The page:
I can see how there is the potential for Venice to be too much, but that can be the case in most cities (and small villages on the Ligurian coast, for example) during high season for a day tripper or a cruise ship tourist. We were lucky to have the experience that we did, but that is part of the reason you need to come to Venice.  Regardless of all of the mixed opinions of it, it's something that you need to decide for yourself.  Love it or hate it, Venice is a place that the word beautiful does not do justice.  It's bewitching, magical and unique, getting lost in a small alleyway that empties out to a lagoon lapping at your feet.  And you have to decide for yourself which spell this enchanting city of bridges and canals casts.

Notes about our trip:
Branzino with pancetta and spinach at L'Osteria di Santa Marina
We stayed at Ca'Amadi, a great little b&b a few steps from the Rialto Bridge.  Once the house of Marco Polo, the suite we had was large and airy, and had two windows opening onto a small canal, which was surprisingly quiet at night.  We also got a fantastic rate last minute, mid-week in late October/early November.

I had the best meal I have had in a very long time at L'osteria di Santa Marina.  It is a refined place that serves incredibly well prepared plates and left us speechless.  I don't know how they do not have a Michelin star.

I also inhaled the best branzino (sea bass) of my life in Burano, at Rivarosa Ristorante.  Sitting along a little canal on this perfect little island with it's rainbow of houses, eating such a succulent piece of fish in the sun is a memory I will have for a long time.
Sarde in Saor at Vini da Gigio

Local branzino steamed with local roasted artichokes and a great chardonnay at Rivarosa, in the island of Burano
Vini di Gigio is a great place for a nice, simple meal of local plates (sarde in saor, moeche, and even the land dishes of the region, like a small hen stuffed with livers and salame then roasted) with a great wine list.

We loved the cicchetti at Cantina Do Mori, an ancient wine bar not far from the Mercato full of local old men knocking back wines and snacking alongside of us.

We also loved Osteria Sacro e Profano, Osteria Bancogiro, Osteria All'Alba and La Cantina...I didn't think it was possible to find a population of people that drink more then the Monterossini, but I did.  A spritz at 10:30 am is not at all strange in Veneto.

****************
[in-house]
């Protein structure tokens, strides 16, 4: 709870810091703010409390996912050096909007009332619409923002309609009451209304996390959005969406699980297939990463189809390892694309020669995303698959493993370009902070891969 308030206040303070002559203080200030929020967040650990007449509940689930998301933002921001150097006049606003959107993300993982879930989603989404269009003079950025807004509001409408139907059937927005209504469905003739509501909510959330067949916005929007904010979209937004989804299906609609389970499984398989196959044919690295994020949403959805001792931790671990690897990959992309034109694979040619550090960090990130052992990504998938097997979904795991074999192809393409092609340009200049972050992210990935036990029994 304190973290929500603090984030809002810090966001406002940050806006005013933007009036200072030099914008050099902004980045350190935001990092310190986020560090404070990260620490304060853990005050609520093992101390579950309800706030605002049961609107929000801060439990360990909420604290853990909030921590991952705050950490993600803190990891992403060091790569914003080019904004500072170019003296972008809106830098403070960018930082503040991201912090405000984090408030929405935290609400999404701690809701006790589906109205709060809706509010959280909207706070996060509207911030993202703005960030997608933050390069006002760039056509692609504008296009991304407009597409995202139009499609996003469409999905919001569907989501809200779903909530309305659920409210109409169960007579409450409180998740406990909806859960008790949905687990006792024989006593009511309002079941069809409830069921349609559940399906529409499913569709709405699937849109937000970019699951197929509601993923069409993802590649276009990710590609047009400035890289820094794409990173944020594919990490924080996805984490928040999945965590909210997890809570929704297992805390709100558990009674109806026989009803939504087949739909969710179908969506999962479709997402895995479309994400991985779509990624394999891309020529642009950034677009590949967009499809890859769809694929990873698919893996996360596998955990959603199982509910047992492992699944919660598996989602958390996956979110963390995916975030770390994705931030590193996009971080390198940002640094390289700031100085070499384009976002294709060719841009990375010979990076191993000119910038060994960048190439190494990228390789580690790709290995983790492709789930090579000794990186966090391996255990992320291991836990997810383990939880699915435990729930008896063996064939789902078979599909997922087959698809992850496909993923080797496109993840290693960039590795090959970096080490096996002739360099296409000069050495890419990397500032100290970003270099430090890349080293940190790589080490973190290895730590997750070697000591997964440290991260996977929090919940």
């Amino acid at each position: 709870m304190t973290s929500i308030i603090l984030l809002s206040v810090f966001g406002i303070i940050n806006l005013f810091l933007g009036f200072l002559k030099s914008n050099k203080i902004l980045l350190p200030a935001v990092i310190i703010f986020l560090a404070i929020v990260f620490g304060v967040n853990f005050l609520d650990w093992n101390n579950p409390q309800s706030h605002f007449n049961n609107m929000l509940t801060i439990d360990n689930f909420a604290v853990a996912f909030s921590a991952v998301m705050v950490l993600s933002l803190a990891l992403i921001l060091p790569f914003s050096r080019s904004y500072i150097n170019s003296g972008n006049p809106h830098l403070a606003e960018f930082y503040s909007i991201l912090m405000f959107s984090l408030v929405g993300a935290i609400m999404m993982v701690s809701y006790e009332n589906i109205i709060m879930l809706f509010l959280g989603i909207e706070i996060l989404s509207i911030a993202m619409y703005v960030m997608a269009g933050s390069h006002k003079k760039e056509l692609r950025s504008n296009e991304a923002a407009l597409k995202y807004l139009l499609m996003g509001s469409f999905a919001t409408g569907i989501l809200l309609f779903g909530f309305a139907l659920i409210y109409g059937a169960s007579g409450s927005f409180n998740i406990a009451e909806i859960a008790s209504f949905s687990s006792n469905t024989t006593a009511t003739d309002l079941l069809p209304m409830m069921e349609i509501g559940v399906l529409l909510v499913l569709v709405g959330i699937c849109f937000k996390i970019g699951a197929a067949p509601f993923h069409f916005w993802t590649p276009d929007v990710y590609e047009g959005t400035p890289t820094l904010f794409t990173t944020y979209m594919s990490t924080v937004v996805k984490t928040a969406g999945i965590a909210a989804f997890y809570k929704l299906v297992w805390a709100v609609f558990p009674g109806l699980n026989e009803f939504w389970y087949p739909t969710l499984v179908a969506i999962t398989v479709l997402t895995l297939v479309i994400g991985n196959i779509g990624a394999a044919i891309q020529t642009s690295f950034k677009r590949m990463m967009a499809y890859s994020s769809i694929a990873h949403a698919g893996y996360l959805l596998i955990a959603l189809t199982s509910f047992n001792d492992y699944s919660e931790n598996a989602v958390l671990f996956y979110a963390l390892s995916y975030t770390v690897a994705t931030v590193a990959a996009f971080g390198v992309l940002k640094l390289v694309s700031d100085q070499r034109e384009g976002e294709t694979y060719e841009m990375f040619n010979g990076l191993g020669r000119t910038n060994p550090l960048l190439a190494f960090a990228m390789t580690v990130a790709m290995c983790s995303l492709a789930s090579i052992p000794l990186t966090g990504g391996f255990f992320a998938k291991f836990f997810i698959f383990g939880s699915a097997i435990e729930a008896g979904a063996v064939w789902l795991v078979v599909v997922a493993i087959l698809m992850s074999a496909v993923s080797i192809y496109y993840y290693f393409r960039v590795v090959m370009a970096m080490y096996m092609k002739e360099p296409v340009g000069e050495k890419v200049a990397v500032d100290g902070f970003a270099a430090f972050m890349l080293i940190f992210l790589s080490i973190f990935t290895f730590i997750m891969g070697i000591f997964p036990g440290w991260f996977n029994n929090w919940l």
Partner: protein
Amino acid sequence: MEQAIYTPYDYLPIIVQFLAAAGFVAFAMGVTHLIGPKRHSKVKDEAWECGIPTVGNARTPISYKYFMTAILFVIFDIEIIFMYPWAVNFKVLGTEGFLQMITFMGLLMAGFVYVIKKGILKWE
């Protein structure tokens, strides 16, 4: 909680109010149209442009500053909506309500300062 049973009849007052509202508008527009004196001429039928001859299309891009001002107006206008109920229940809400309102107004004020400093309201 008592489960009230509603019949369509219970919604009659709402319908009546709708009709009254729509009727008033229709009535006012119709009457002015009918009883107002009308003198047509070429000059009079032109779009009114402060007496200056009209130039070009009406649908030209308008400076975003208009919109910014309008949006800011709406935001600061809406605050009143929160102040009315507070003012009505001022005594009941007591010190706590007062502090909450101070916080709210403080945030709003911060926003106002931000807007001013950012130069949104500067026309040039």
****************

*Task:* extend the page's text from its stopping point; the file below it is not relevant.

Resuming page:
Definitely, 100% bring a smartphone or tablet with GPS.  You will get lost.  Many times.  After a few hours, I resigned myself to the fact that when I decided to go right, it would most certainly be wrong, and I would have to turn around at least 4 times.  Plan on an extra 15-20 minutes to arrive somewhere you haven't been before - at night it all looks the same, and you will literally wind up at a canal in the dark more then once.

Bring a charger or extra battery for your camera or phone.  You will take an amount of pictures of this incredible place that borders on obscene.  Then you too will start a blog solely to show them off to your friends and family.

Be patient, smile, and remember that you are walking in one of the most incredible cities that man has ever built.  Not something you do every day.


Wednesday, October 16, 2013

Just a few more reasons to love October...

Cabbage season is upon us...hello, kim chi

And romanian cabbage soup with dill dumplings...

The temperature has dropped just enough to turn the oven on and not roast myself along with my desserts...
Maple syrup, apple and bourbon bread pudding with sea salt caramel sauce

Butterscotch pudding
Espresso chocolate cupcakes with mocha buttercream

I have the following things all to my happy self...
My favorite reading rock by the Gigante

My favorite table at Pie' Du Ma in Riomaggiore

My sunset at my favorite table with no one jockeying for the best position to photograph it

My favorite rock.  And no one else around it.


Sharing the sea with a few pirates.

The long stretch of beach free of umbrellas...the private beaches have closed for the season

This view...

...and this one.

I suppose I should be touting the joys of being here in October - taking the risk of a few rainy days but having these amazing views and clear but chilly blue sea to yourself is worth it.
But in all honesty, I quite like having it all to myself for a few beautiful days a year.  So, stay home.
October is wonderful.  Aside from the fact that you do run the risk of hitting some rainy, miserable days, the clear ones really make you just walk out of your house, look at the sea, and smile.